Public weighs in on controversial hunting, wildlife bills

Three bills in the state’s Senate Natural Resources and Energy Committee are proving controversial among hunters and animal welfare advocates.

At a relatively rare public hearing conducted by the committee last week, Vermonters expressed support and opposition to the bills, which would ban two hunting practices and limit the power of the Department of Fish and Wildlife board.

“Quite bluntly, hunting and fishing bills always have a broad interest, and there’s also some controversy around them,” said Sen. Chris Bray, D-Addison, who chairs the committee. “Rather than just do the regular committee process, we thought it was worth creating a public forum that anyone could participate in.”

Many opposed to the proposed policies expressed concern that the bills seek to limit hunting in general and said hunters use best practices to avoid inflicting unnecessary pain on animals. Those in favor of the bills say the practices at their center are cruel and should have been prohibited long ago.

The commissioner of the Fish and Wildlife Department, Chris Herrick, opposes parts of all three bills.

Brenna Galdenzi, president of Protect Our Wildlife, a statewide organization that has been advocating for more hunting regulation in the state, says the bills are not anti-hunting.

“There are still some practices in Vermont that are legal that, if we were doing the same things to domestic animals, they would likely fall under Vermont’s cruelty to animals statute, which means you’re inflicting prolonged pain, suffering, fear upon an animal ,” she told VTDigger.

The bills

One of the bills, S.281, would ban hunters from using hounds to track and kill coyotes, a practice animal welfare activists liken to dogfighting. Other than obtaining a standard hunting license, hunters and their hounds face few restrictions when hunting coyotes, which are often severely injured or killed by the dogs that chase them.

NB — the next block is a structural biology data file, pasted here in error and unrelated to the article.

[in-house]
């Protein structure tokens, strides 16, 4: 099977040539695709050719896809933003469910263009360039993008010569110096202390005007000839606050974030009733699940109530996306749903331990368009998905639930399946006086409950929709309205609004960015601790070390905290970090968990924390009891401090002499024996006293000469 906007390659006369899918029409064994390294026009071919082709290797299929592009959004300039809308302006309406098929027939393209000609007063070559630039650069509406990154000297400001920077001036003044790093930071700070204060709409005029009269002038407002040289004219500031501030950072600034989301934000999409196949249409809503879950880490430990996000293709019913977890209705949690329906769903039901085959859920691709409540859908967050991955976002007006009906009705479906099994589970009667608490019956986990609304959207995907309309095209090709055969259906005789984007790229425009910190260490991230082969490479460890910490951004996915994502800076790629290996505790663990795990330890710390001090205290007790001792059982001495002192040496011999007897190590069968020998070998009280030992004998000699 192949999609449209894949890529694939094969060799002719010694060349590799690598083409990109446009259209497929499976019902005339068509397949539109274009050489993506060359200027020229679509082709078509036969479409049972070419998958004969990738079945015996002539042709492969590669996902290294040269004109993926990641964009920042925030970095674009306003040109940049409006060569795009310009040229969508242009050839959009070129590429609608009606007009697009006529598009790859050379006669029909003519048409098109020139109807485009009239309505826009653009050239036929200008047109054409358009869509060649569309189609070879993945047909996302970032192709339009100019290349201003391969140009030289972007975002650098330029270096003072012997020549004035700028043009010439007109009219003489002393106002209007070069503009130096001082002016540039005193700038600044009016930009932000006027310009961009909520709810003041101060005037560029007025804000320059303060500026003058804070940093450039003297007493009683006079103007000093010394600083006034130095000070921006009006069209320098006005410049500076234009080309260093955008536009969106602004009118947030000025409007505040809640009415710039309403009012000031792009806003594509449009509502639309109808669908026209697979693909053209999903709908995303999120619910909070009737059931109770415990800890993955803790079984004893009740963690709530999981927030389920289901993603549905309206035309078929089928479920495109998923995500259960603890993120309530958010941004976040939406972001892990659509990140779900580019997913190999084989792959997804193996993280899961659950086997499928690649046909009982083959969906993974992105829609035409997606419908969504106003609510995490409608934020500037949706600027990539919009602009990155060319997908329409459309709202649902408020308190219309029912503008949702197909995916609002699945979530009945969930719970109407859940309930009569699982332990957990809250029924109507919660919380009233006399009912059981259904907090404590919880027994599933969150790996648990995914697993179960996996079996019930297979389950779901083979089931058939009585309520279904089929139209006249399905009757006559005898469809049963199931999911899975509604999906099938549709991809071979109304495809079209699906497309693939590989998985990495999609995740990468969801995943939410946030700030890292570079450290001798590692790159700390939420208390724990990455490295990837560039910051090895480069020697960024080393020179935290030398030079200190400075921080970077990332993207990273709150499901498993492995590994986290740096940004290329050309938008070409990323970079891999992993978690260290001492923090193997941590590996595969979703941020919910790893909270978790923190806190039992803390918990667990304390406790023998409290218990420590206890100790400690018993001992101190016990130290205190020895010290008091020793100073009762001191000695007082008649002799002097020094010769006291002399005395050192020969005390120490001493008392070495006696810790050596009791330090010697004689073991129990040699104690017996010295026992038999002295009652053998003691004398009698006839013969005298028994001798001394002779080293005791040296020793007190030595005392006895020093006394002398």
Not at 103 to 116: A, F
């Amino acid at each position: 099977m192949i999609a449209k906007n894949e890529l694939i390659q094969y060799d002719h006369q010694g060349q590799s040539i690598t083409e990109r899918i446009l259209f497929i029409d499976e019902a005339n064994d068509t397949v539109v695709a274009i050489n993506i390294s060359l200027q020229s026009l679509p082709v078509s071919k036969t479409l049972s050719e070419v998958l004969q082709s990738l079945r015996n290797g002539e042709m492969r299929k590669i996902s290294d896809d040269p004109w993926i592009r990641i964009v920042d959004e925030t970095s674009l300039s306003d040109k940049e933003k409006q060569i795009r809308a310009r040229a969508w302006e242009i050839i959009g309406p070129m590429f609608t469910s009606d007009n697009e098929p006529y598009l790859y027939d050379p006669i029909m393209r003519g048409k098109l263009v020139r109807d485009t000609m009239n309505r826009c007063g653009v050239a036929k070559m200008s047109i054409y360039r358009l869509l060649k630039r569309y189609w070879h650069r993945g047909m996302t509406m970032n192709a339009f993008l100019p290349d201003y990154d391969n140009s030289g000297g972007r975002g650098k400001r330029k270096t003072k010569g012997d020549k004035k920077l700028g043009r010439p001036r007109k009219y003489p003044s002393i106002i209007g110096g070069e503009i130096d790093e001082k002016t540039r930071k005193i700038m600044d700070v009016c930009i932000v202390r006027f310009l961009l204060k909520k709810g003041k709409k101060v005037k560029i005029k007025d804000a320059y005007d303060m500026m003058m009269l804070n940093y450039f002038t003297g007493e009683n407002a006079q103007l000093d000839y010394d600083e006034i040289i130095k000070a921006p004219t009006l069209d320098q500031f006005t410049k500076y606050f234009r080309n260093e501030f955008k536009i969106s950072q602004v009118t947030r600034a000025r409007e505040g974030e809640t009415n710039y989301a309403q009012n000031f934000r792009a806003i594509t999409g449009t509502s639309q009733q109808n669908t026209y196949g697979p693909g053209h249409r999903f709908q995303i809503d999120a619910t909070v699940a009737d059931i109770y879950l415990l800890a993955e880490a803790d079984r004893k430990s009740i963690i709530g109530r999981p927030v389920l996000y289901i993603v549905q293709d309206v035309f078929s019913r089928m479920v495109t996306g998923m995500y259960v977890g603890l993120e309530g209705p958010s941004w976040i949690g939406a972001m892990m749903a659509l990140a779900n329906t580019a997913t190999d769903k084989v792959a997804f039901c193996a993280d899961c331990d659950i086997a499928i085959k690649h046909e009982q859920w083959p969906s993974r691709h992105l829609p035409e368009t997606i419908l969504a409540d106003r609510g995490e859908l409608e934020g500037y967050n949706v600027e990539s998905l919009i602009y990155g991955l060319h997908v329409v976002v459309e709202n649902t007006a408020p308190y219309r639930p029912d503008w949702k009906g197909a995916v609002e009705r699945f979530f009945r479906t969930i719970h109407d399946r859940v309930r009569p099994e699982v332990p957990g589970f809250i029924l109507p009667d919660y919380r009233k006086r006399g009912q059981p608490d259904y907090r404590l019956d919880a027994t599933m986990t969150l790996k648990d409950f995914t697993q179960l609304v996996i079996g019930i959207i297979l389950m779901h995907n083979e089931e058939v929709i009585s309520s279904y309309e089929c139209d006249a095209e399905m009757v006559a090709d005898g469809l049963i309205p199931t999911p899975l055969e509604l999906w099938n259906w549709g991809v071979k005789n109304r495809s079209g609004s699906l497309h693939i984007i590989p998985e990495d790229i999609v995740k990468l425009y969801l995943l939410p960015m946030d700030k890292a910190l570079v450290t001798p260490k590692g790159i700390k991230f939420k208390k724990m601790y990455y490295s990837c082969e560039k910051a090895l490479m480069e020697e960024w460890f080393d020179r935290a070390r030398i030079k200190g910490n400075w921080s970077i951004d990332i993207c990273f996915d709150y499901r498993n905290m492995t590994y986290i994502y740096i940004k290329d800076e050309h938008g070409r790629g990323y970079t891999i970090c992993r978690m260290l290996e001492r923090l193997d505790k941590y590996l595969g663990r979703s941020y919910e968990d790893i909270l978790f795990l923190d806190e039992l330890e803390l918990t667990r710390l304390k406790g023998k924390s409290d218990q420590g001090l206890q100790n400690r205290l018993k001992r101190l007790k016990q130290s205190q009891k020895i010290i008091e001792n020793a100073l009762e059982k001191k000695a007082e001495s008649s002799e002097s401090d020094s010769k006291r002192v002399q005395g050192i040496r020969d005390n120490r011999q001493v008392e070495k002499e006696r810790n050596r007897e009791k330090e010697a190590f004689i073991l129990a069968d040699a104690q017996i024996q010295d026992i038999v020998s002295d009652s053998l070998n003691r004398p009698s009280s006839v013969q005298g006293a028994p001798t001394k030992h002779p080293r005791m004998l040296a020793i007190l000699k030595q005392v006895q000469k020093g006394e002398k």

In addition to the public hearing, lawmakers in the Senate Natural Resources Committee took testimony earlier this month on each of the bills. There, Diana Hansen, a Craftsbury resident, said she grew up in a family of hunters and does not take issue with many types of hunting, but an incident on her property in February 2018 caused her to object to hunting coyotes with hounds.

Her 10-year-old alerted her to multiple dogs entering her property in pursuit of a coyote, she told lawmakers. The dogs mauled the coyote, which was bloodied and “clearly exhausted,” Hansen said, until the creature ascended her greenhouse, with the dogs following. The incident, all of which her children witnessed, caused $500 worth of damage. Her property wasn’t posted, so no officials could help her, she said.

Rather than banning the practice outright, Fish and Wildlife officials are advocating for increased regulations around hound hunting coyotes.

“By regulating it, it would allow us to have a better understanding of what’s going on there with actual data and not just anecdotal information,” Herrick said.

A second bill, S.201, proposes a ban on leghold traps, which are also called foothold traps. Animal welfare groups say the devices are painful and trap animals indiscriminately, including endangered species and household pets.